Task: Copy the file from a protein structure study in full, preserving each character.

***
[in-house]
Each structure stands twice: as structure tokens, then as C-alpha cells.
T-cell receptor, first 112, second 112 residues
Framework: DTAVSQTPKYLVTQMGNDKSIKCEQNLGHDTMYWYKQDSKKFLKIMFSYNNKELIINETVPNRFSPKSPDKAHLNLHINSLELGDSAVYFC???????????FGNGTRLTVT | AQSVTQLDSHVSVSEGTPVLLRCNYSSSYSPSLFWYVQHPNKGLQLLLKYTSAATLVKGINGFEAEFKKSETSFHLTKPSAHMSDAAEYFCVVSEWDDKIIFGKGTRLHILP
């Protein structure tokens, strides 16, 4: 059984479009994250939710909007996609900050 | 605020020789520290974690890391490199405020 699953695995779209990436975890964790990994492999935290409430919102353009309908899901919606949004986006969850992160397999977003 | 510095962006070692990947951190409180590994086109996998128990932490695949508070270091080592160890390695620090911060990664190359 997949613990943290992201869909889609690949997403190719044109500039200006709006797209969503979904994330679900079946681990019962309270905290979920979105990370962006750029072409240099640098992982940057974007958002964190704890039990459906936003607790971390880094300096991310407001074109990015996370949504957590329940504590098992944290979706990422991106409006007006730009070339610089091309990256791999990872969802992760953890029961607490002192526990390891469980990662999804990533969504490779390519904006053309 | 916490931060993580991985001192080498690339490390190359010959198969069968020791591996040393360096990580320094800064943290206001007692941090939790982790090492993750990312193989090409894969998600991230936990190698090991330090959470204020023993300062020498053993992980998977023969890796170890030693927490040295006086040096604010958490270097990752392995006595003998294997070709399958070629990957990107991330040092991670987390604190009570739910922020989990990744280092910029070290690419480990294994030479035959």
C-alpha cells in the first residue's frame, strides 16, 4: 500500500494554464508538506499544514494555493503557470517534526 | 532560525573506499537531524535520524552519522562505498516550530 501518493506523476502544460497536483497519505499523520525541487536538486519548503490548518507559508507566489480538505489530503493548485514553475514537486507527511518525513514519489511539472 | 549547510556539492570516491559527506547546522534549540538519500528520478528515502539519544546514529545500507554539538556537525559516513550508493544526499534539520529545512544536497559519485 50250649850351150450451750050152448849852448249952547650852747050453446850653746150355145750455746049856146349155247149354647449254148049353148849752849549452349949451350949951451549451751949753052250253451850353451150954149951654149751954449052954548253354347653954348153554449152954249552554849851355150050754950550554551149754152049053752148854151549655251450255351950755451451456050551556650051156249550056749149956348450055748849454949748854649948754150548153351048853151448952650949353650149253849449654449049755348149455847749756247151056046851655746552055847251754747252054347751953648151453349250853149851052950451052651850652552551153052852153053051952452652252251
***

[in-house]
Each structure stands twice: as structure tokens, then as C-alpha cells.
T-cell receptor, first 112, second 112 residues
Framework: DTAVSQTPKYLVTQMGNDKSIKCEQNLGHDTMYWYKQDSKKFLKIMFSYNNKELIINETVPNRFSPKSPDKAHLNLHINSLELGDSAVYFC???????????FGNGTRLTVT | AQSVTQLDSHVSVSEGTPVLLRCNYSSSYSPSLFWYVQHPNKGLQLLLKYTSAATLVKGINGFEAEFKKSETSFHLTKPSAHMSDAAEYFCVVSEWDDKIIFGKGTRLHILP
């Protein structure tokens, strides 16, 4: 059984479009994250939710909007996609900050 | 605020020789520290974690890391490199405020 699953695995779209990436975890964790990994492999935290409430919102353009309908899901919606949004986006969850992160397999977003 | 510095962006070692990947951190409180590994086109996998128990932490695949508070270091080592160890390695620090911060990664190359 997949613990943290992201869909889609690949997403190719044109500039200006709006797209969503979904994330679900079946681990019962309270905290979920979105990370962006750029072409240099640098992982940057974007958002964190704890039990459906936003607790971390880094300096991310407001074109990015996370949504957590329940504590098992944290979706990422991106409006007006730009070339610089091309990256791999990872969802992760953890029961607490002192526990390891469980990662999804990533969504490779390519904006053309 | 916490931060993580991985001192080498690339490390190359010959198969069968020791591996040393360096990580320094800064943290206001007692941090939790982790090492993750990312193989090409894969998600991230936990190698090991330090959470204020023993300062020498053993992980998977023969890796170890030693927490040295006086040096604010958490270097990752392995006595003998294997070709399958070629990957990107991330040092991670987390604190009570739910922020989990990744280092910029070290690419480990294994030479035959």
C-alpha cells in the first residue's frame, strides 16, 4: 500500500494554464508538506499544514494555493503557470517534526 | 532560525573506499537531524535520524552519522562505498516550530 501518493506523476502544460497536483497519505499523520525541487536538486519548503490548518507559508507566489480538505489530503493548485514553475514537486507527511518525513514519489511539472 | 549547510556539492570516491559527506547546522534549540538519500528520478528515502539519544546514529545500507554539538556537525559516513550508493544526499534539520529545512544536497559519485 50250649850351150450451750050152448849852448249952547650852747050453446850653746150355145750455746049856146349155247149354647449254148049353148849752849549452349949451350949951451549451751949753052250253451850353451150954149951654149751954449052954548253354347653954348153554449152954249552554849851355150050754950550554551149754152049053752148854151549655251450255351950755451451456050551556650051156249550056749149956348450055748849454949748854649948754150548153351048853151448952650949353650149253849449654449049755348149455847749756247151056046851655746552055847251754747252054347751953648151453349250853149851052950451052651850652552551153052852153053051952452652252251